Experimental features

Scanning electron microscopy was performed on the surfaces of Ti-6Al-4V implants at various time points during plasma electrolytic oxidation to show the changes in surface morphology.

Data source location

Department of Biomechanical Engineering, Faculty of Mechanical, Maritime, and Materials Engineering, Delft University of Technology (TU Delft)

Data accessibility Data is within this article

Value of the data



Data show the changes in surface morphology of additively manufactured Ti-6Al-4V biomaterials during the plasma electrolytic oxidation process.



The presented data may be used to compare additively manufactured biomaterials with con-ventionally produced biomaterials after biofunctionalization by plasma electrolytic oxidation.



Data may be used to compare the effect of plasma electrolytic oxidation treatment with other biofunctionalization techniques on the surface morphology of additively manufactured Ti-6Al-4V biomaterials.

1. Data

Ti-6Al-4V implants were synthesized by selective laser melting and subsequently biofunctionalized using the electrochemical plasma electrolytic oxidation process. Scanning electron microscopy was per-formed at various time points from 0 to 300 s during plasma electrolytic oxidation and is presented in Figs. 1–3. The provided data are part of the experimental results in previous work by the authors[1].

2. Experimental design, materials and methods

Ti-6Al-4V implants were manufactured using a selective laser melting printer (SLM-125, Realizer, Borchem, Germany). Specimens were produced from medical grade (grade 23, ELI) Ti-6Al-4V powder (AP&C, Boisbriand, Quebec, Canada) with particle size between 10 and 45mm and spherical particle morphology. Process parameters were 400 W laser source, layer thickness of 50mm, laser spot size of 145mm, layer thickness of 50 mm and exposure time of 300 ms. After selective laser melting, loose powder was removed by vacuum cleaning and samples were thoroughly cleaned by ultrasonication in acetone, 96% ethanol and demineralized water for 5 min subsequently.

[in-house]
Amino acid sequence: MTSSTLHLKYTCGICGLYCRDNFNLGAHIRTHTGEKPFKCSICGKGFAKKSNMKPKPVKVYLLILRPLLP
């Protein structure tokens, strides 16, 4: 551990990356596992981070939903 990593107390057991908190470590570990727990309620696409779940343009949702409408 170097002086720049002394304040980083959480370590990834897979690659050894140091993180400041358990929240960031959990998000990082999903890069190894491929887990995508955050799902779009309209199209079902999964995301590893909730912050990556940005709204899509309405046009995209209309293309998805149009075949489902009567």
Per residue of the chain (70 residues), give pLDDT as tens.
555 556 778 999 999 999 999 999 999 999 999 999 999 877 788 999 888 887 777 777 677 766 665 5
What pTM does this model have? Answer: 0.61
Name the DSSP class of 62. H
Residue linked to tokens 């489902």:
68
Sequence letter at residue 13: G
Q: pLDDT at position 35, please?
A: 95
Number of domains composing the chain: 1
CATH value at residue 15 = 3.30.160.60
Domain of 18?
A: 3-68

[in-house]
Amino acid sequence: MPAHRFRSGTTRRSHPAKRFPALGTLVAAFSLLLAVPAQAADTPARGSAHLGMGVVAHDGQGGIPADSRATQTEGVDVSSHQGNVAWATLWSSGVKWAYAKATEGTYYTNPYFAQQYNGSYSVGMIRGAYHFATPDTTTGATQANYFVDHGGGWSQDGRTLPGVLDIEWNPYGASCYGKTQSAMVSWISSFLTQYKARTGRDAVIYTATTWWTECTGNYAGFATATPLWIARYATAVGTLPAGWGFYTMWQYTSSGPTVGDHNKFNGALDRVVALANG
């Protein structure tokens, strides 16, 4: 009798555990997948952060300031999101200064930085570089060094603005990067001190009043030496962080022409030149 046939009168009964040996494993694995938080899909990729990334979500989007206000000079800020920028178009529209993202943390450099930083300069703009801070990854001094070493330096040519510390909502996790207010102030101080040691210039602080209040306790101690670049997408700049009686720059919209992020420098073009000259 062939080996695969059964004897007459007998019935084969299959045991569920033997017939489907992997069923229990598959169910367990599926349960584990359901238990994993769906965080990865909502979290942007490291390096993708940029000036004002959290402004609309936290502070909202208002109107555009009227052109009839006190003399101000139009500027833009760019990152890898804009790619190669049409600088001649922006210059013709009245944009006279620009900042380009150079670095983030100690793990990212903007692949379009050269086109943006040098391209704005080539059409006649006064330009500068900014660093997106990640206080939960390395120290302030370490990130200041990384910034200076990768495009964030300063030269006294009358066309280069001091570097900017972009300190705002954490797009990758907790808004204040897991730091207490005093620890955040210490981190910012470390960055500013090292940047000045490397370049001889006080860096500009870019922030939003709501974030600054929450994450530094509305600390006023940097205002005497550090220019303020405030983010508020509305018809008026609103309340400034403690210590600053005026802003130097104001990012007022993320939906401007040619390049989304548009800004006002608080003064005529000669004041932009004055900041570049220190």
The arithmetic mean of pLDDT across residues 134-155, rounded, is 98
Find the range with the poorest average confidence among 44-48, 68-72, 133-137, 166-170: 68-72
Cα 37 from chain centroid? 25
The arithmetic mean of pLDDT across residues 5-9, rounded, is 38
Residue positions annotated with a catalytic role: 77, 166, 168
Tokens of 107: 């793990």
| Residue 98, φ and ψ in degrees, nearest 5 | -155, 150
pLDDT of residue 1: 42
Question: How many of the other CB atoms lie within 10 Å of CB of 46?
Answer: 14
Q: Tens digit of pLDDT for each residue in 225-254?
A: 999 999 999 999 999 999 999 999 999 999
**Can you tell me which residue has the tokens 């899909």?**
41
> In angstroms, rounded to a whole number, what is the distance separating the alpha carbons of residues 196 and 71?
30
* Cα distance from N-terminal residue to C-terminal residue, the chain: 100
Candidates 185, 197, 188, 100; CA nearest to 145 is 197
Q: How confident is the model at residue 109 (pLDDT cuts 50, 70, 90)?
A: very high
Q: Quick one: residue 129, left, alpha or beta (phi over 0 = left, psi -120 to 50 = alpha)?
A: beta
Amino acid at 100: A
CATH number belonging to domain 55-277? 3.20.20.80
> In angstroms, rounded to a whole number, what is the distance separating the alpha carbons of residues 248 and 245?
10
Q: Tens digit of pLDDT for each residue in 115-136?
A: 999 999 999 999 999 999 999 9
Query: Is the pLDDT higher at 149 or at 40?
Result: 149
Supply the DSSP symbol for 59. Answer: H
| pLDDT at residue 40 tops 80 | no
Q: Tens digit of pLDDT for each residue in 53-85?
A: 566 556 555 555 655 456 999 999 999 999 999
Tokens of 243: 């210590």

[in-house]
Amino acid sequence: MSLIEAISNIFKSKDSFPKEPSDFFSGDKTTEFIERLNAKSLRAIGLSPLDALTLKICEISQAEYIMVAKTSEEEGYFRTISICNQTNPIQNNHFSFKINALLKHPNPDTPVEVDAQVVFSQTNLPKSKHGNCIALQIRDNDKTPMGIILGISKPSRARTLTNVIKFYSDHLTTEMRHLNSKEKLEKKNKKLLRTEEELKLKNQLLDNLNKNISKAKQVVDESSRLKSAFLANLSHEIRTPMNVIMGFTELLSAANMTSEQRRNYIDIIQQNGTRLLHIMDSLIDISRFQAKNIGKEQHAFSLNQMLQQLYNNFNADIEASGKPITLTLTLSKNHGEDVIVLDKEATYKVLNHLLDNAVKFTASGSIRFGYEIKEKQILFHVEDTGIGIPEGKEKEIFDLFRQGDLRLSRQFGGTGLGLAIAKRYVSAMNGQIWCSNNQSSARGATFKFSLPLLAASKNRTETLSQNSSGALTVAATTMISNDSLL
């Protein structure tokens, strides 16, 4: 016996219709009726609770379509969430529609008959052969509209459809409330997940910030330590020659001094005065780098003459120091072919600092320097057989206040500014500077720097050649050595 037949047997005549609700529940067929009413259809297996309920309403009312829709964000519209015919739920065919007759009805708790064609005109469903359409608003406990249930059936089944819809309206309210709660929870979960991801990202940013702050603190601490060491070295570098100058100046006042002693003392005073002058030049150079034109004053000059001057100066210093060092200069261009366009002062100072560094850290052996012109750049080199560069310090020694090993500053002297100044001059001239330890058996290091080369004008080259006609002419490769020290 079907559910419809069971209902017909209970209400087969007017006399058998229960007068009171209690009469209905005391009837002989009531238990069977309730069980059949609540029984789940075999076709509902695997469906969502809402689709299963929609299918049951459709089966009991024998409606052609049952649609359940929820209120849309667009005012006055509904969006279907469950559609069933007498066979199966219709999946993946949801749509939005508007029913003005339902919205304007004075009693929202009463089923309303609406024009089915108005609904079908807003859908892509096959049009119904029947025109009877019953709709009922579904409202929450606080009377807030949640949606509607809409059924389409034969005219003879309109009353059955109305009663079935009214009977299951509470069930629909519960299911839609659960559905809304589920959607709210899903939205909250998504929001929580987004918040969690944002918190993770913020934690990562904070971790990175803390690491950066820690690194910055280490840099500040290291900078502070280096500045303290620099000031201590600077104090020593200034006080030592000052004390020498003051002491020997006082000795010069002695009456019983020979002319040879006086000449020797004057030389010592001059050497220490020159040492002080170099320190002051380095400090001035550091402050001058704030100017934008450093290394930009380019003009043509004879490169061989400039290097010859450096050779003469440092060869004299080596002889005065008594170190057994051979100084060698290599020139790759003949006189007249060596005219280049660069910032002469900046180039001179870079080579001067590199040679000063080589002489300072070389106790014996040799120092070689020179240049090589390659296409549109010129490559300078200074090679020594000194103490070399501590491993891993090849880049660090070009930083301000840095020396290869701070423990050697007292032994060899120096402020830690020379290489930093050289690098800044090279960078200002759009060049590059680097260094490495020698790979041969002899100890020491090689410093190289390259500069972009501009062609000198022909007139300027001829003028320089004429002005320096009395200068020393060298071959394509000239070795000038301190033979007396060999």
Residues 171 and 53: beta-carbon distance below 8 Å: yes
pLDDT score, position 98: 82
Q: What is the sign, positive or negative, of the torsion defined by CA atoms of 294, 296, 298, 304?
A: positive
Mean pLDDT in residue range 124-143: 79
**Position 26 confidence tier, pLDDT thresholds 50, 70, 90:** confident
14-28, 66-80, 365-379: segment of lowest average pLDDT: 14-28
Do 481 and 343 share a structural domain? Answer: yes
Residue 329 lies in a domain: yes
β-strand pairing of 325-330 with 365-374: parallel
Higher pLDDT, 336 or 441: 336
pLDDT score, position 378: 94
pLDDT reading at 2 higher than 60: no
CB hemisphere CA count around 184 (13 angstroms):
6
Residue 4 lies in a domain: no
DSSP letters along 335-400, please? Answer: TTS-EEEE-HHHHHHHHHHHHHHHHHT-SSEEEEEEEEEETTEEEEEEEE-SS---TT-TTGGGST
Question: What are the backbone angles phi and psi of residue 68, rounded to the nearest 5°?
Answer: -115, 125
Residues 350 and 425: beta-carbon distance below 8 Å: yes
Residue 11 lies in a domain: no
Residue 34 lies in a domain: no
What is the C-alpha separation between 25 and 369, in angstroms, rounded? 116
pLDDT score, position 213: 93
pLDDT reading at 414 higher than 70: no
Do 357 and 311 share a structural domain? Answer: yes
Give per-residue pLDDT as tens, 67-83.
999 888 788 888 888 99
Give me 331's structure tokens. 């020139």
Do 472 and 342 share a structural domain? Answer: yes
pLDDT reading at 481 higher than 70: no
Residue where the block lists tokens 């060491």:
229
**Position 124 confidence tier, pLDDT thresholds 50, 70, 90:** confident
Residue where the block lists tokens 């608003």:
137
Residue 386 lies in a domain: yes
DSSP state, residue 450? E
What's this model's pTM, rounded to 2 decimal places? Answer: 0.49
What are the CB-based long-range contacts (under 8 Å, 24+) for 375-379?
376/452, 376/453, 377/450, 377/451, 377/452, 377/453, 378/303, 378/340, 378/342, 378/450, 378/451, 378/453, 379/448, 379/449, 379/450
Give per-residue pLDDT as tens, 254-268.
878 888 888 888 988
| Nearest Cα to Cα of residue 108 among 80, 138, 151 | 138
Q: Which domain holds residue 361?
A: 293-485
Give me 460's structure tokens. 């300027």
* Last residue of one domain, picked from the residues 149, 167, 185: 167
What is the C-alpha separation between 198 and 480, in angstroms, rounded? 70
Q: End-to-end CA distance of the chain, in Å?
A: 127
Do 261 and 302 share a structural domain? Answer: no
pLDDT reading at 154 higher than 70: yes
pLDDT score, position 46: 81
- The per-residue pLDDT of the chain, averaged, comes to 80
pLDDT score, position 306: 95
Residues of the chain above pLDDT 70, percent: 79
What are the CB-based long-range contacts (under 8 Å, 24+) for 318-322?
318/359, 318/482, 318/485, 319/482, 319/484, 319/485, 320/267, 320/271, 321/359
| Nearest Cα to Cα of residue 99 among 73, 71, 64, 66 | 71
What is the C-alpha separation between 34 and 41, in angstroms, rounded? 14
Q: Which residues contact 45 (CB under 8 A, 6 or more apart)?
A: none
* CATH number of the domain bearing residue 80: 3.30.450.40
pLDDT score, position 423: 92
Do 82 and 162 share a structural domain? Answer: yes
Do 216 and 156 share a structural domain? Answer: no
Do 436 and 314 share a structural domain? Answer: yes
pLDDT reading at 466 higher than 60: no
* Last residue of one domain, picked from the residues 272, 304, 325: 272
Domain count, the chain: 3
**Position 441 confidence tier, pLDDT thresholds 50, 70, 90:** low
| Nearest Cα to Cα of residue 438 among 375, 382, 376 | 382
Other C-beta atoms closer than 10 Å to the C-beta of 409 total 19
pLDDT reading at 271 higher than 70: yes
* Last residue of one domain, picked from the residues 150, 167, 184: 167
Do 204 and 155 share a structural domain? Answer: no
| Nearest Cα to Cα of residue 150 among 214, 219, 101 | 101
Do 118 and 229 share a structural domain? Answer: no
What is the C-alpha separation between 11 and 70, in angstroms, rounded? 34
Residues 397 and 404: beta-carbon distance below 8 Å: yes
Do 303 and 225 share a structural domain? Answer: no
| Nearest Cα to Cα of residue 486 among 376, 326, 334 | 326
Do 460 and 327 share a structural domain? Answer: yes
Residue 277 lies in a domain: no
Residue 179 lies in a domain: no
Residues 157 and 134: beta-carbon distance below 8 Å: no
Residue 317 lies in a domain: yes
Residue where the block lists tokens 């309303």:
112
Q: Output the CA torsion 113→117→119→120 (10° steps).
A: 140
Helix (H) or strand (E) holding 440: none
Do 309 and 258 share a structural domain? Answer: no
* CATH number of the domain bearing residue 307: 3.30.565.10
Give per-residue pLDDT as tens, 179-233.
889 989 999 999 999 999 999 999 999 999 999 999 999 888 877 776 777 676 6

Samples were biofunctionalized using plasma electrolytic oxidation on a custom-made laboratory setup. Details regarding the experimental setup can be found in[1]. Plasma electrolytic oxidation is an electrochemical process, which drives uniform growth of the titanium oxide (TiO2) layer on the

surface of titanium biomaterials. The electrolyte contained 0.02 M calcium glycerophosphate and 0.15 M calcium acetate. Plasma electrolytic oxidation was performed for 0–300 s under galvanostatic conditions.

I.A.J. van Hengel et al. / Data in Brief 13 (2017) 385–389 386

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Fig. 1. 200-fold magnification scanning electron microscopy images at different time points of Ti-6Al-4V implants treated with plasma electrolytic oxidation.

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Fig. 2. 500-fold magnification scanning electron microscopy images at different time points of Ti-6Al-4V implants treated with plasma electrolytic oxidation.

I.A.J. van Hengel et al. / Data in Brief 13 (2017) 385–389 388

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The surface morphology was analyzed by a scanning electron microscope (JSM-IT100LA, JEOL, Tokyo, Japan). Analysis was performed with beam energies between 5 and 20 kV and a 10 mm working distance. Before analysis, specimens were cleaned for 30 s in acetone and 2-propanol sub-sequently and coated with a gold layer of 572 nm. Imaging was performed at 200, 500 and 1000-fold magnifications (Figs. 1–3).

Transparency document. Supporting information

Transparency data associated with this article can be found in the online version athttp://dx.doi. org/10.1016/j.dib.2017.06.015.

Reference

[1] I.A.J. van Hengel, M. Riool, L.E. Fratila-Apachitei, J. Witte-Bouma, E. Farrell, A.A. Zadpoor, S.A.J. Zaat and I. Apachitei, Selective laser melting porous metallic implants with immobilized silver nanoparticles kill and prevent biofilm formation by methicillin-resistant Staphylococcus aureus, Biomaterials 140 (2017) 1-15,http://dx.doi.org/10.1016/j.biomadterials.2017. 02.030.

Fig. 3. 1000-fold magnification scanning electron microscopy images at different time points of Ti-6Al-4V implants treated with plasma electrolytic oxidation.